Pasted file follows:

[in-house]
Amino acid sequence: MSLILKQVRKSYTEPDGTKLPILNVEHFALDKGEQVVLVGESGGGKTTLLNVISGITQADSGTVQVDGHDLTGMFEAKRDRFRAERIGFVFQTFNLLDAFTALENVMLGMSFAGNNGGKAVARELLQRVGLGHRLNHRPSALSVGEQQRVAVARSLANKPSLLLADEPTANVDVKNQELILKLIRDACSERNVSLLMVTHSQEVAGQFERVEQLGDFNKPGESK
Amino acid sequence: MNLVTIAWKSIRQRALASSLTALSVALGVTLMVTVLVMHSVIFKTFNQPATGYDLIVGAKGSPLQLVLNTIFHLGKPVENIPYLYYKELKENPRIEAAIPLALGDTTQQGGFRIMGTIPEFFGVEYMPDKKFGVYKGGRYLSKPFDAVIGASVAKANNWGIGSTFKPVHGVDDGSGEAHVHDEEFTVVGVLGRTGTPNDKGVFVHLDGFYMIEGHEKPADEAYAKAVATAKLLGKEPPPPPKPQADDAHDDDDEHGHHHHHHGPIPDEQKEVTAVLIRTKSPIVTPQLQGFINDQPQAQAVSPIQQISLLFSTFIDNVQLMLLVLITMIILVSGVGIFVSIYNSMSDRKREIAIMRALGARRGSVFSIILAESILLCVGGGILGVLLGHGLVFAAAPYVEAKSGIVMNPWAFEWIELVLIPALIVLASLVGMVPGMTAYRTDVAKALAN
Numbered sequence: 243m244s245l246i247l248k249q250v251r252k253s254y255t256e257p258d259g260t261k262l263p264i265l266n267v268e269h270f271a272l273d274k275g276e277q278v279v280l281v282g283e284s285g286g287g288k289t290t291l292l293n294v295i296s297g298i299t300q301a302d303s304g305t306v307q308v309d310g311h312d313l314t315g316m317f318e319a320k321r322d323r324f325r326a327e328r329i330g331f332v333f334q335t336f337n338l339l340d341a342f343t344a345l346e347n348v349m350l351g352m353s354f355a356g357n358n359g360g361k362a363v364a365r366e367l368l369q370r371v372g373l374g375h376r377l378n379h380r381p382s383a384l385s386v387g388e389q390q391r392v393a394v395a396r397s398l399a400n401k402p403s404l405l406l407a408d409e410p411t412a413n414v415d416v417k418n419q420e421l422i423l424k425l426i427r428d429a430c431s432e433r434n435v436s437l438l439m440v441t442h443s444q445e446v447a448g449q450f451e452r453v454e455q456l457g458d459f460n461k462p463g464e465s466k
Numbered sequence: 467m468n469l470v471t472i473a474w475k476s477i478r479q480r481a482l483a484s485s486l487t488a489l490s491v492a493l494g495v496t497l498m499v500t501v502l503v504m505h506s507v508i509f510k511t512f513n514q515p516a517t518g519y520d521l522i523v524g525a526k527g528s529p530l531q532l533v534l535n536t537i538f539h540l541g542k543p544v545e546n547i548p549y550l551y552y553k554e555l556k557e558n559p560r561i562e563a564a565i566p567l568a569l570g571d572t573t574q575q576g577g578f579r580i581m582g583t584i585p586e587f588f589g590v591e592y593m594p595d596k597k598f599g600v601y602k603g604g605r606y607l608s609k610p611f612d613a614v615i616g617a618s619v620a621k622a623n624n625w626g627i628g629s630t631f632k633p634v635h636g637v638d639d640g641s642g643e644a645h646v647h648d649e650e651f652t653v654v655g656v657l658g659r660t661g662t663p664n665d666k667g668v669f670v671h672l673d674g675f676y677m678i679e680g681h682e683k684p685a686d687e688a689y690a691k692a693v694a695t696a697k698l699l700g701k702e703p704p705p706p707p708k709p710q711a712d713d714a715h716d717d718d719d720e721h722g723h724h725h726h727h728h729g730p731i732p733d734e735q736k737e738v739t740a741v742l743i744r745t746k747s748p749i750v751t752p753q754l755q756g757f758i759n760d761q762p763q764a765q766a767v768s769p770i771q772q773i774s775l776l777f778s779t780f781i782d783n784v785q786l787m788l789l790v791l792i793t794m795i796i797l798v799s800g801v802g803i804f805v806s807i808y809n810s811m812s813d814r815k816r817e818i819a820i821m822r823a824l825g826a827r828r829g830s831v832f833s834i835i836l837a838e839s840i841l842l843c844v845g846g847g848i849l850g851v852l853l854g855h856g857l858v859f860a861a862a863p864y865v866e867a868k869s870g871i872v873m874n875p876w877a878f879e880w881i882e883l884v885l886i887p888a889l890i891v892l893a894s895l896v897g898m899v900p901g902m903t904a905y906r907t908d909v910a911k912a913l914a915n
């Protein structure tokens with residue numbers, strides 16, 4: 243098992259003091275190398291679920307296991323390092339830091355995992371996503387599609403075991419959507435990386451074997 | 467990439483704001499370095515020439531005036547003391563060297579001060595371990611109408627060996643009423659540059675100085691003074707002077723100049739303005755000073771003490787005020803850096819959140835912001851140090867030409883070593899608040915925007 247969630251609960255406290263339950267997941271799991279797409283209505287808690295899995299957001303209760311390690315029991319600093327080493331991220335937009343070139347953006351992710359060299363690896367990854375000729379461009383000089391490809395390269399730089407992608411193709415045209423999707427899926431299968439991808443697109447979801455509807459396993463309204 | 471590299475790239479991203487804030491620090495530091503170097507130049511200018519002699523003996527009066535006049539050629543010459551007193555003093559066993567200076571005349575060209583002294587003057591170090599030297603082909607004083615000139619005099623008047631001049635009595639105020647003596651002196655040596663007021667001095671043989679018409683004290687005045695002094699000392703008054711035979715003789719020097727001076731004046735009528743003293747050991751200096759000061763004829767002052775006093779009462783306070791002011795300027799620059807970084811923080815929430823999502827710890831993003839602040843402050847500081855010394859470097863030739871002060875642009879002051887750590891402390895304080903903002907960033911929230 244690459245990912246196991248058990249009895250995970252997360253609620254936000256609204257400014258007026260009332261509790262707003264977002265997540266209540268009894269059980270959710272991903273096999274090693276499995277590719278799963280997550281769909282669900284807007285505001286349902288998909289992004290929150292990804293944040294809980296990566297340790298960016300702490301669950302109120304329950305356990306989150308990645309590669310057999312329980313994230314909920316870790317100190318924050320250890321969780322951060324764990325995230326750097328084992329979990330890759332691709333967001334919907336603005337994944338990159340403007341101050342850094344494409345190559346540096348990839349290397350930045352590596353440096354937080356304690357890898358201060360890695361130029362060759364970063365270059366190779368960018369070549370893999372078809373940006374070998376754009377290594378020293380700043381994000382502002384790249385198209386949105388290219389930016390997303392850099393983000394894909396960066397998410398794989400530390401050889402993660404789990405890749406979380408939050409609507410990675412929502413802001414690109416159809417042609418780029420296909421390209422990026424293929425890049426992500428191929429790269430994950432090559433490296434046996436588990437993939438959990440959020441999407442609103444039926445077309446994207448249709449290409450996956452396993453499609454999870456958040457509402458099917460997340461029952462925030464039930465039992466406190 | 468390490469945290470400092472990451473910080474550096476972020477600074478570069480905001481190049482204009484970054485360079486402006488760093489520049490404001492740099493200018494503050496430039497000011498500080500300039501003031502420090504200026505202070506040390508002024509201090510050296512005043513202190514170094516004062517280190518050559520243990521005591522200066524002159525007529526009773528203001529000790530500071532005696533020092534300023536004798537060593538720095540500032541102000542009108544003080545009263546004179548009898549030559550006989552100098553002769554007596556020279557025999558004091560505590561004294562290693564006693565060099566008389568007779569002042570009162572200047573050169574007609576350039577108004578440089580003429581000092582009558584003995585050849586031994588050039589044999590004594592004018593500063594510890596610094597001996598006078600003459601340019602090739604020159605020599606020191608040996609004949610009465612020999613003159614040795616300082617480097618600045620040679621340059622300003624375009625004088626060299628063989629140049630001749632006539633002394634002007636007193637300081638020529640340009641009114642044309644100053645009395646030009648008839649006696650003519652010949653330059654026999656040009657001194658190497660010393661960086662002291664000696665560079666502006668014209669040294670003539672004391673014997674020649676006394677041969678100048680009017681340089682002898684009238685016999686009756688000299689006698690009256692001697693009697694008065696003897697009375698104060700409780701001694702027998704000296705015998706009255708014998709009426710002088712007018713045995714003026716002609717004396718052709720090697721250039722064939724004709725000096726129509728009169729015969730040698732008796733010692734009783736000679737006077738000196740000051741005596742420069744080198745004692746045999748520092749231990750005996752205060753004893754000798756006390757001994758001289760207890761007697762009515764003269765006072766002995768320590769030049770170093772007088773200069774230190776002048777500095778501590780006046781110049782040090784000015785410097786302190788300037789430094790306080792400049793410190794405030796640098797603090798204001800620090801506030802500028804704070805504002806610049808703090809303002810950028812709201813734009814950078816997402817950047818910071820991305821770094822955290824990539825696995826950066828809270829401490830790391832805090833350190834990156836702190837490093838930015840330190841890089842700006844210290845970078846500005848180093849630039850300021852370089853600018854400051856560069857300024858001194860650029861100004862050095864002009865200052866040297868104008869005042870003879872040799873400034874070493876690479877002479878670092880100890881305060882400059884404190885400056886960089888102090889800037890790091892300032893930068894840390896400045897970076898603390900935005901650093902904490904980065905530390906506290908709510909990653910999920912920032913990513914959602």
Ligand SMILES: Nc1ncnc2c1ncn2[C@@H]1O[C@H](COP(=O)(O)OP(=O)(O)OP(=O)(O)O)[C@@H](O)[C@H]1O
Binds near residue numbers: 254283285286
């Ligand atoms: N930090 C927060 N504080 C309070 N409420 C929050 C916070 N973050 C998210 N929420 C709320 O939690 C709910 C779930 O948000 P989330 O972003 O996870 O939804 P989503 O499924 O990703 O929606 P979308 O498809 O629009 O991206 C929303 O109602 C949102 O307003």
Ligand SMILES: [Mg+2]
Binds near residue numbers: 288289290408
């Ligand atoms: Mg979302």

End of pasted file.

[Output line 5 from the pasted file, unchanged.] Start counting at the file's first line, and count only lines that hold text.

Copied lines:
Numbered sequence: 467m468n469l470v471t472i473a474w475k476s477i478r479q480r481a482l483a484s485s486l487t488a489l490s491v492a493l494g495v496t497l498m499v500t501v502l503v504m505h506s507v508i509f510k511t512f513n514q515p516a517t518g519y520d521l522i523v524g525a526k527g528s529p530l531q532l533v534l535n536t537i538f539h540l541g542k543p544v545e546n547i548p549y550l551y552y553k554e555l556k557e558n559p560r561i562e563a564a565i566p567l568a569l570g571d572t573t574q575q576g577g578f579r580i581m582g583t584i585p586e587f588f589g590v591e592y593m594p595d596k597k598f599g600v601y602k603g604g605r606y607l608s609k610p611f612d613a614v615i616g617a618s619v620a621k622a623n624n625w626g627i628g629s630t631f632k633p634v635h636g637v638d639d640g641s642g643e644a645h646v647h648d649e650e651f652t653v654v655g656v657l658g659r660t661g662t663p664n665d666k667g668v669f670v671h672l673d674g675f676y677m678i679e680g681h682e683k684p685a686d687e688a689y690a691k692a693v694a695t696a697k698l699l700g701k702e703p704p705p706p707p708k709p710q711a712d713d714a715h716d717d718d719d720e721h722g723h724h725h726h727h728h729g730p731i732p733d734e735q736k737e738v739t740a741v742l743i744r745t746k747s748p749i750v751t752p753q754l755q756g757f758i759n760d761q762p763q764a765q766a767v768s769p770i771q772q773i774s775l776l777f778s779t780f781i782d783n784v785q786l787m788l789l790v791l792i793t794m795i796i797l798v799s800g801v802g803i804f805v806s807i808y809n810s811m812s813d814r815k816r817e818i819a820i821m822r823a824l825g826a827r828r829g830s831v832f833s834i835i836l837a838e839s840i841l842l843c844v845g846g847g848i849l850g851v852l853l854g855h856g857l858v859f860a861a862a863p864y865v866e867a868k869s870g871i872v873m874n875p876w877a878f879e880w881i882e883l884v885l886i887p888a889l890i891v892l893a894s895l896v897g898m899v900p901g902m903t904a905y906r907t908d909v910a911k912a913l914a915n